·    "I think joining in some LinkedIn groups also helps to observe the communication. A lot of business is communication"

·       "Definitely the #besig hashtag, webinars, and website are full of great information"

3.     Use your learners' expertise: ask them to explain, to give you examples, etc learn from them!

·       "Ask your students to provide as many real examples of the English they need to deal with emails, reports, brochures, calls"

·       "Get the students to show you around - ask intelligent questions - ask Ss to bring in documents they have to handle in English"

·       "A good idea to get them to teach you the processes while you feed in the language"

4.     Draw on your experience: whatever jobs you've had identify similarities, transferable skills, etc and use them.

·       "That's what I did - I used my experience as a 'worker' when teaching to the managers!"

·       "True If you can teach "How much?" in a supermarket context for GE teaching Negotiation for BE is much the same"

·       "I worked in supermarkets, shops and offices before becoming a teacher. It was very informative when I started teaching "

5.     Be humble: know yourself, recognize gaps in your knowledge and be willing to learn.

·       "Teachers shouldn't pretend to know more than they do about business"

·      "we need to know our strengths (& weaknesses), listen carefully and intelligently, spot the areas where Ss need support"

·       "whenever I taught I found myself learning lots to help my learners -  I even learnt binary math!"

Old Style Cash Register and Canned Goods in a Butcher Shop in New Ulm, Minnesota ..., 10/1974

 Chatters also agreed essential points for all BE teachers (and GE for that matter) this were:

1.      Having "face validity" (smart looks)
2.     Providing authentic practice for Ss
3.     Conducting a thorough needs analysis
4.     Tailor classes to fit in with Ss lives (E.g. mp3, online learning, etc)
5.     Promoting inter-cultural awareness

Some common problems like mismatches between learners Vs company wishes, compulsory coursebooks, and working with lower language levels were also briefly touched upon:

·       "We generally tell company shd be a balance of BE and Non BE stuff otherwise lose the Ss - in there but out to lunch in their heads"

·       "books I've used seem very vocab heavy, with little practice of it. Books were company requirement. 2 units = 1year"

·       "S/s I taught, their language was not on the level to do business expert type stuff w/ they really needed basics…"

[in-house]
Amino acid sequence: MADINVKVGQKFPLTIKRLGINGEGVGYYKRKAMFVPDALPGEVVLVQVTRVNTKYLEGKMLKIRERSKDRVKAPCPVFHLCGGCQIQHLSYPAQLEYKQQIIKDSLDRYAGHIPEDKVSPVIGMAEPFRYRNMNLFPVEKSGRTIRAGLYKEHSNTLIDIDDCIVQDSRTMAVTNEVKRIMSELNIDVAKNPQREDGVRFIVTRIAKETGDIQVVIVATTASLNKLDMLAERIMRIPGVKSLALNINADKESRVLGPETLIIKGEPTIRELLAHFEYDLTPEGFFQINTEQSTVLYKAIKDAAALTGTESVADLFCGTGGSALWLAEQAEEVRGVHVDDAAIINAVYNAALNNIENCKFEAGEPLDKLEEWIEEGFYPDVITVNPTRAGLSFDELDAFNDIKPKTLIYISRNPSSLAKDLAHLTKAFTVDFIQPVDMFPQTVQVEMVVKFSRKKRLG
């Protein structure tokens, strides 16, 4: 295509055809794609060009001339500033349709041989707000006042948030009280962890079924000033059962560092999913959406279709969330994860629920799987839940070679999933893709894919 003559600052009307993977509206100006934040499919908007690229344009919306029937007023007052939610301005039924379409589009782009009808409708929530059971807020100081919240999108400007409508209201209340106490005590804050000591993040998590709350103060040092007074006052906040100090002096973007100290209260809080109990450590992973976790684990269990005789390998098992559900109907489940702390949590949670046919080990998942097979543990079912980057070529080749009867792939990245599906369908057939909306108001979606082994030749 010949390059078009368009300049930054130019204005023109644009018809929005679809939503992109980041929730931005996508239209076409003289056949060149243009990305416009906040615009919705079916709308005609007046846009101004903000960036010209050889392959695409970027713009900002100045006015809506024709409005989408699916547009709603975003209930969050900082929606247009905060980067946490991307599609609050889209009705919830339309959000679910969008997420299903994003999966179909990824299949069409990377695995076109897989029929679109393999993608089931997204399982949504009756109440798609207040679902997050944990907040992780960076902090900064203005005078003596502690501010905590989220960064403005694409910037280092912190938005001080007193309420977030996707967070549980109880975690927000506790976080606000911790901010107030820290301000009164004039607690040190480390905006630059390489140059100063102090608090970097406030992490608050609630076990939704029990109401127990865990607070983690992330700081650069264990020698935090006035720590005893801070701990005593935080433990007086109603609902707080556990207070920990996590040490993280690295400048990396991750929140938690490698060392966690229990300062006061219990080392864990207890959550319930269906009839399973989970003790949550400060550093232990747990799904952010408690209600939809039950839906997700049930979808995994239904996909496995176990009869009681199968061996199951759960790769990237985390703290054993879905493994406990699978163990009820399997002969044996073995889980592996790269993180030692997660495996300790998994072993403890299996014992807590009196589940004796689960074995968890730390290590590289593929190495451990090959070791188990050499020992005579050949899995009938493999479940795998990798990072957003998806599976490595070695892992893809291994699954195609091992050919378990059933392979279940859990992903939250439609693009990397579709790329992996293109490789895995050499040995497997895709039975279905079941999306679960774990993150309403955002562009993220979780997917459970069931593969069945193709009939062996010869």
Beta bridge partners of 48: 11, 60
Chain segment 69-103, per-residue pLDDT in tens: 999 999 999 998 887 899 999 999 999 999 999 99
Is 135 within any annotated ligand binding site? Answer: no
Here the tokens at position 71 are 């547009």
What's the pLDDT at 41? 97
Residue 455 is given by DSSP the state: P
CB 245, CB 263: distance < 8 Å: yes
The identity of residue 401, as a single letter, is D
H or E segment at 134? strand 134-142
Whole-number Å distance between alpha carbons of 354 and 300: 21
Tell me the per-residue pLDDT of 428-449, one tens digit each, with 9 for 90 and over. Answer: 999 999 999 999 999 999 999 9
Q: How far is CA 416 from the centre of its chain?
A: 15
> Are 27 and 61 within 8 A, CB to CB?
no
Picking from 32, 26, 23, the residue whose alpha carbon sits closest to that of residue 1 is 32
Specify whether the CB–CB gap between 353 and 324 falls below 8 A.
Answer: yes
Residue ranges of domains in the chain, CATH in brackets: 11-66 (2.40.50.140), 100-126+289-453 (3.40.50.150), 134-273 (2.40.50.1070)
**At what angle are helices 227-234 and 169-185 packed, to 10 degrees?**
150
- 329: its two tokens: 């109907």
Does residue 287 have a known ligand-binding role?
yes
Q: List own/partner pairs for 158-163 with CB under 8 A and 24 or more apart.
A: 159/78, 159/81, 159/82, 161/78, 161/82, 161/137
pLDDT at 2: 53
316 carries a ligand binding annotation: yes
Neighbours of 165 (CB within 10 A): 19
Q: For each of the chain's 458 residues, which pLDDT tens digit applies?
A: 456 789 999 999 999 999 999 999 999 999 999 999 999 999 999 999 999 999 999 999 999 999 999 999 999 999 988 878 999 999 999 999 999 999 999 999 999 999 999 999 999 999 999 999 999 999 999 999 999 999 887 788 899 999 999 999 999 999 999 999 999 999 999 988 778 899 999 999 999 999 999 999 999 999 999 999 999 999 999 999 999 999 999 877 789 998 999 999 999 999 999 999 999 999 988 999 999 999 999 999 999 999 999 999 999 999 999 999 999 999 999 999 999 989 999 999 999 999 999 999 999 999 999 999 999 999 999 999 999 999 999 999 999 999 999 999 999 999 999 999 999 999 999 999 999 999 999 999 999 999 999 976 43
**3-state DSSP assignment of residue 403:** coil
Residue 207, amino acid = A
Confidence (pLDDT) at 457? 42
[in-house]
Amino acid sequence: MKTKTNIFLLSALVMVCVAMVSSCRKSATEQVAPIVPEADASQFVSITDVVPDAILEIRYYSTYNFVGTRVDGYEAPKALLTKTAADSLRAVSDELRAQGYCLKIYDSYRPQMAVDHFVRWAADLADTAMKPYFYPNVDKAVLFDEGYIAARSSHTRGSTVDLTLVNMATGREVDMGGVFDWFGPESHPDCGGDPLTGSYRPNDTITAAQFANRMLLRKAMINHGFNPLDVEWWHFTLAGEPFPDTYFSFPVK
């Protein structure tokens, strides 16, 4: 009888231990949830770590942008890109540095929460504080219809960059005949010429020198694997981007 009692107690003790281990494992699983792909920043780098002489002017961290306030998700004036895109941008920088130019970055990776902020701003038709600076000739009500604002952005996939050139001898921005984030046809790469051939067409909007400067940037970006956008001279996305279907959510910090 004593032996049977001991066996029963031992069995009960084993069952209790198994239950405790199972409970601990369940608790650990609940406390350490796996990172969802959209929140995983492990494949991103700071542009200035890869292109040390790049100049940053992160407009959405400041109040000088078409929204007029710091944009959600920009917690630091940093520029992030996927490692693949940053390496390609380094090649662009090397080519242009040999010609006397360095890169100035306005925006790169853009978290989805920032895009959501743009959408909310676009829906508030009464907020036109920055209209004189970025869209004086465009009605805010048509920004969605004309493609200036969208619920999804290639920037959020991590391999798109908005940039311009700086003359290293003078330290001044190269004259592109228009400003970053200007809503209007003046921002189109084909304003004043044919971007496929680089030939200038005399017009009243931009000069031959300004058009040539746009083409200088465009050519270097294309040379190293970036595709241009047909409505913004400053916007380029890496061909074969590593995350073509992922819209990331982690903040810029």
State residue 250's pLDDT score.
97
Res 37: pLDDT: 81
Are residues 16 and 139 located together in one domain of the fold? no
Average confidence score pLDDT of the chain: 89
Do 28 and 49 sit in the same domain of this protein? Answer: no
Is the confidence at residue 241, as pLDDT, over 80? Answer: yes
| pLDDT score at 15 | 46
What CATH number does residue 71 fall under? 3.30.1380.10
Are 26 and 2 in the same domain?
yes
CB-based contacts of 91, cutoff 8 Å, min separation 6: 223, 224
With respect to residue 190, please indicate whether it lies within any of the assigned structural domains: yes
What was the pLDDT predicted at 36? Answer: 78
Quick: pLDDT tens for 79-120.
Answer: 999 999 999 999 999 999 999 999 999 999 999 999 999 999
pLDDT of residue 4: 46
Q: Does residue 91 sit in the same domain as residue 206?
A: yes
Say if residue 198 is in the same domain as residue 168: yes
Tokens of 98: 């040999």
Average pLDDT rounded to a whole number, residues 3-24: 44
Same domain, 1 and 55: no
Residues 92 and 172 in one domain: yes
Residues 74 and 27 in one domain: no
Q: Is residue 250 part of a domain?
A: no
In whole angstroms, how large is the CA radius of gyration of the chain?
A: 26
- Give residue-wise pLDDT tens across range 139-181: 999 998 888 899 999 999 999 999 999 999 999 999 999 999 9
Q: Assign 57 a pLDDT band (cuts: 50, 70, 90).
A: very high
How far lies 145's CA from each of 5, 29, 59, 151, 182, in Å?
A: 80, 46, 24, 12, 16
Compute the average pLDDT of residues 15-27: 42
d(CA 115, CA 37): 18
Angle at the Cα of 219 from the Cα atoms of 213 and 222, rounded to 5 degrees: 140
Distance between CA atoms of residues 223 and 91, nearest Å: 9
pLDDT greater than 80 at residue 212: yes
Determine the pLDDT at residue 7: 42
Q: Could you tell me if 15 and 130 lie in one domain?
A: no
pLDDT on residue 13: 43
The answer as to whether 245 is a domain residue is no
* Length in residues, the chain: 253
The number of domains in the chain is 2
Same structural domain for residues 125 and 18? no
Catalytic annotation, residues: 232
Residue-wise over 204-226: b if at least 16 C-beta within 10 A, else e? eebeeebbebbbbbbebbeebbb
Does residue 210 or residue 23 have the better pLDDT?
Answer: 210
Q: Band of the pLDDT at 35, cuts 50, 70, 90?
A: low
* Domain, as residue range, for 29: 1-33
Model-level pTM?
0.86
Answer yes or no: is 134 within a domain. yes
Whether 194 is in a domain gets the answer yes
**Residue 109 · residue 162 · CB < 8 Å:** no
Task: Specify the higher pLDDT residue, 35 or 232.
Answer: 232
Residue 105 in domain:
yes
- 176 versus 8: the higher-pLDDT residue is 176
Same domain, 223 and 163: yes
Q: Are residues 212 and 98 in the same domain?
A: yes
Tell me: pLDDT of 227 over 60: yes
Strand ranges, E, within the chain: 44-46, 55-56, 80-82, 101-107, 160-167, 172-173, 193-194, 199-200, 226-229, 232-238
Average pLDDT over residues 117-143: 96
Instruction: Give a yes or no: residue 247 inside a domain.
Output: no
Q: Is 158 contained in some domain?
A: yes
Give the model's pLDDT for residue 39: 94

Finally, participants suggested some wonderful Business English activities:

·     "Take me on a tour. My students loved doing that when they learned the right language. Useful for some"

·     "Take all of the numbers from a reading text & use them to describe trends / patterns etc (from Teaching Unplugged)"

·    "Crisis real time role plays. Feed information to groups which they deal with in real time. Each has an assigned role"

·       "With Skype classes you can have sts prepare, call a headhunter and practise real conversation"

·       "How about writing to an ISP re. spam or phishing email that came to their account?"

·       "Get them blogging. They can practice writing various business writing"

·       "Design a Facebook Page or website for their company? "

·       "Designing dream teams with famous business people, balloon debates etc"

·       "I use industry relevant docs, video, pdf them, and then annotate in a virtual class, record it - with courses"

·       "can give students exposure to experts through podcasts etc"

·      "Do a TED search on their subject area of expertise - try to find good short videos 3-6-9mins for authentic listening"

·       "How about case studies for business courses.. do any of you adapt some for BE purposes?? I think they made do good classroom activity "

·        "try to hooks stds up with s'one their field with whom they can discuss the role in English"

·        "Get them to do pecha kuchas if a class - or their presentations if involved in presenting"

Overall, I think it was a very productive session and I'd like to thank everyone for your great contributions.  Special thanks go to Shaun, Shelly, and Marisa for their skilled moderation and for giving me the opportunity to participate and write this summary. I'd also like to thank Berni for her endless inspiration and encouragement, and of course, James who kindly let me post this on his blog =).

Wish you all a great week!

Links to resources shared:

Thanks again Edith for your wonderful summary. If you’d like to do an ELTChat summary of your own, and you don’t have a blog to post it to, don’t hesitate to ask and I’ll host it for you.